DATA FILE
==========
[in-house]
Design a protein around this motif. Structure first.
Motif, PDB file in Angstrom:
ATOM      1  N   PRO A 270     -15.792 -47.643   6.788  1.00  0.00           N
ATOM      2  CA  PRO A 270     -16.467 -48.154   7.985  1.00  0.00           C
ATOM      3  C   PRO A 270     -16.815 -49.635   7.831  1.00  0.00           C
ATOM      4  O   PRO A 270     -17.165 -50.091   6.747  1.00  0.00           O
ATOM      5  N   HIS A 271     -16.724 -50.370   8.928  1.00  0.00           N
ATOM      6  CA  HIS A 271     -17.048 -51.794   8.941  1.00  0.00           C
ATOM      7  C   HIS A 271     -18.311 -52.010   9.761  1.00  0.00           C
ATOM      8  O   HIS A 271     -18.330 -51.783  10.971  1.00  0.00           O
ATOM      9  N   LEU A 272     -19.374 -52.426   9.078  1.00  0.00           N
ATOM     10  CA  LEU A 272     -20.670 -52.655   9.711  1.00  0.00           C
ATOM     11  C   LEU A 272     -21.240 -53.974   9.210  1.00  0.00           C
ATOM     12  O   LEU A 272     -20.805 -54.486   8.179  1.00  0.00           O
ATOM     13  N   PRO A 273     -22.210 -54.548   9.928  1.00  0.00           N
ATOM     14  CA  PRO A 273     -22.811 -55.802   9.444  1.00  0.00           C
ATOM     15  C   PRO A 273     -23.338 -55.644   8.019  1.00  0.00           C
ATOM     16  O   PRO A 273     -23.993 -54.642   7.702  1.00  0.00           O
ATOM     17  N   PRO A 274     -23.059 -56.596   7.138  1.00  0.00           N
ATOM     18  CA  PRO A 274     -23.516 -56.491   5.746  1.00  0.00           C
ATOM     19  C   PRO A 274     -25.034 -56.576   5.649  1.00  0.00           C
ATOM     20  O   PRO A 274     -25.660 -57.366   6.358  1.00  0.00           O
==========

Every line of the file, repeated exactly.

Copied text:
[in-house]
Design a protein around this motif. Structure first.
Motif, PDB file in Angstrom:
ATOM      1  N   PRO A 270     -15.792 -47.643   6.788  1.00  0.00           N
ATOM      2  CA  PRO A 270     -16.467 -48.154   7.985  1.00  0.00           C
ATOM      3  C   PRO A 270     -16.815 -49.635   7.831  1.00  0.00           C
ATOM      4  O   PRO A 270     -17.165 -50.091   6.747  1.00  0.00           O
ATOM      5  N   HIS A 271     -16.724 -50.370   8.928  1.00  0.00           N
ATOM      6  CA  HIS A 271     -17.048 -51.794   8.941  1.00  0.00           C
ATOM      7  C   HIS A 271     -18.311 -52.010   9.761  1.00  0.00           C
ATOM      8  O   HIS A 271     -18.330 -51.783  10.971  1.00  0.00           O
ATOM      9  N   LEU A 272     -19.374 -52.426   9.078  1.00  0.00           N
ATOM     10  CA  LEU A 272     -20.670 -52.655   9.711  1.00  0.00           C
ATOM     11  C   LEU A 272     -21.240 -53.974   9.210  1.00  0.00           C
ATOM     12  O   LEU A 272     -20.805 -54.486   8.179  1.00  0.00           O
ATOM     13  N   PRO A 273     -22.210 -54.548   9.928  1.00  0.00           N
ATOM     14  CA  PRO A 273     -22.811 -55.802   9.444  1.00  0.00           C
ATOM     15  C   PRO A 273     -23.338 -55.644   8.019  1.00  0.00           C
ATOM     16  O   PRO A 273     -23.993 -54.642   7.702  1.00  0.00           O
ATOM     17  N   PRO A 274     -23.059 -56.596   7.138  1.00  0.00           N
ATOM     18  CA  PRO A 274     -23.516 -56.491   5.746  1.00  0.00           C
ATOM     19  C   PRO A 274     -25.034 -56.576   5.649  1.00  0.00           C
ATOM     20  O   PRO A 274     -25.660 -57.366   6.358  1.00  0.00           O